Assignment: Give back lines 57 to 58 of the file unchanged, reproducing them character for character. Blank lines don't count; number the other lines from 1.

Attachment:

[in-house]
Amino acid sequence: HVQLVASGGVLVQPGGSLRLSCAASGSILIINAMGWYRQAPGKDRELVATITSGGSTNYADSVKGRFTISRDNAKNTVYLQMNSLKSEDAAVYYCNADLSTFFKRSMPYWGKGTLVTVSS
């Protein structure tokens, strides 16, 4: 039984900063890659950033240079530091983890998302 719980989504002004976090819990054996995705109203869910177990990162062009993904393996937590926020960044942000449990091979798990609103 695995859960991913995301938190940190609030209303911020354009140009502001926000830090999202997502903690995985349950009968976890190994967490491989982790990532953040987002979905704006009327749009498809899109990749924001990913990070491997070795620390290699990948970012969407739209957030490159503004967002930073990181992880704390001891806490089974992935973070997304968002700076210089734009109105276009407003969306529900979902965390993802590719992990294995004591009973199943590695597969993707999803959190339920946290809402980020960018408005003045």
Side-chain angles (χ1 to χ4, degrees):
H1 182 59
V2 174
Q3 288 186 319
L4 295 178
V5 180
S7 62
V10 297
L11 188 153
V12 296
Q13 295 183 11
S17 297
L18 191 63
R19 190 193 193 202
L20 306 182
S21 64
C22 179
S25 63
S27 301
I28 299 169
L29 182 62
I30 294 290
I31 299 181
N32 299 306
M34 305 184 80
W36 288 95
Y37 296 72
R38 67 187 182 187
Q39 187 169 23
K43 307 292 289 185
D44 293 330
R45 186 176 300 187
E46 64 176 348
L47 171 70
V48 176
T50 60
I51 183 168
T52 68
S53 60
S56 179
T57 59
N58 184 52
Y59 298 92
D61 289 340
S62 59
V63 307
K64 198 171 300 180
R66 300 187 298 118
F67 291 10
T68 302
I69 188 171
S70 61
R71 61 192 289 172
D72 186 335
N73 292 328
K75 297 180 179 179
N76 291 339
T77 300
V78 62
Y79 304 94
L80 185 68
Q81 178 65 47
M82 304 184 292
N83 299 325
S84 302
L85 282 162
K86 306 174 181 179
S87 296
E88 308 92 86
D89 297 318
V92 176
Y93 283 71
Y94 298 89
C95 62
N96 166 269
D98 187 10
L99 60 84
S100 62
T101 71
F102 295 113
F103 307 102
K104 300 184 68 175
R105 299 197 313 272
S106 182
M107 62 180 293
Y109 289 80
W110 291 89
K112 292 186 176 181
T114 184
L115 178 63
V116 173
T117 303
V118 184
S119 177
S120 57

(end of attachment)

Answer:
D72 186 335
N73 292 328